I am speaking with Scott Barton about global food politics and corporate opportunism. “Attendance is open to all and the spirit, as always at Symposium events, will be as co-operative, lively and inclusive as possible.” Register here. This is at 2:00 p.m. East Coast time.
Today’s question is one I often get about my 15 seconds of fame in Morgan Spurlock’s film, SuperSize Me! (you can view the clip on my food politics website). A student in Great Britain writes: “…I would like to comment on your description of a calorie….You described it as “the amount of energy required to heat 1 litre of water by 1 degree Celsius.” Whereas I would argue that a calorie is the quantity of thermal energy required to raise 1g / 1cm3 by 1 degree Celsius, from an initial temperature of 15 degrees Celsius or 252 Kelvin. May I suggest that what you meant was a kilocalorie, and although this may seem pedantic, this is a gross difference and an inaccurate education for those watching. Especially after the number of people that were demonstrated to have no real understanding of the calorie…this was disappointing.”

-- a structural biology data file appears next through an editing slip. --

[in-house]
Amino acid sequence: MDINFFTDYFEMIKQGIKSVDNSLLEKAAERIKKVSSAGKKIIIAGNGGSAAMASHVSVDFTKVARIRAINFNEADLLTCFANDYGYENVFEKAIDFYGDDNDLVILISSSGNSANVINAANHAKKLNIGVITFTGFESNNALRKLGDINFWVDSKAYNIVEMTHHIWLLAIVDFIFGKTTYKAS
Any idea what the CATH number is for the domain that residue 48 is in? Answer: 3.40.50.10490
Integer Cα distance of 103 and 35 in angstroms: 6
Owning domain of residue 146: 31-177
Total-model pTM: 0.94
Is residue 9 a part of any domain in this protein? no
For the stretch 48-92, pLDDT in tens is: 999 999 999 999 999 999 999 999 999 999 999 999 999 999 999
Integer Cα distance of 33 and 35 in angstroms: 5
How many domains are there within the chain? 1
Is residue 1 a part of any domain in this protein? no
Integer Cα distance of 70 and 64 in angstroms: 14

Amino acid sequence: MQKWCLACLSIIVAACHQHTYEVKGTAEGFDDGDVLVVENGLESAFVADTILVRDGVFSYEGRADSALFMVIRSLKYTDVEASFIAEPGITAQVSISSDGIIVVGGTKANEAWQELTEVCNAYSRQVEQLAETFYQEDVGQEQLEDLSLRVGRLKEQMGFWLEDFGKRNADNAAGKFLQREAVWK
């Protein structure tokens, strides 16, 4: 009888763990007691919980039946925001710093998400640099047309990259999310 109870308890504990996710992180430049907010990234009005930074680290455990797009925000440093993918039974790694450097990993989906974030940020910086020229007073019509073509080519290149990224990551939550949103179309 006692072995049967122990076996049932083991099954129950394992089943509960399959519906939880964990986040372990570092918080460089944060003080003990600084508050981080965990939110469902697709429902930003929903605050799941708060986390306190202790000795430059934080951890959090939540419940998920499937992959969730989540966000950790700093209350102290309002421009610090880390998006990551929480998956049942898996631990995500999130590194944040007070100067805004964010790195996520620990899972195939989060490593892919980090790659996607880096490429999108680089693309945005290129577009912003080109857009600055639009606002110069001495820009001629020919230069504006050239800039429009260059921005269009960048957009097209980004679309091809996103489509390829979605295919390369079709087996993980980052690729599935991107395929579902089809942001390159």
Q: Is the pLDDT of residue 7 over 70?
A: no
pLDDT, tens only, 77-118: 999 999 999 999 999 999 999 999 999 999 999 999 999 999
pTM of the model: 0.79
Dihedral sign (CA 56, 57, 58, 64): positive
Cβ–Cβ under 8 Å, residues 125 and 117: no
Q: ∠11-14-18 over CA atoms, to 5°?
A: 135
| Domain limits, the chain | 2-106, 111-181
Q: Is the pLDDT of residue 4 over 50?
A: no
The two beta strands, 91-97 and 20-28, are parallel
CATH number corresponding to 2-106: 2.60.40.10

My comment: Oh dear. It’s great that students are learning their basic chemistry but what I defined in SuperSize Me! was a Calorie (spelled with a capital C)–the kind used on food labels. This, of course, is really a kilocalorie. The calorie/Calorie/kilocalorie confusion is why I devote an entire chapter of What to Eat to explaining what calories are and why they matter.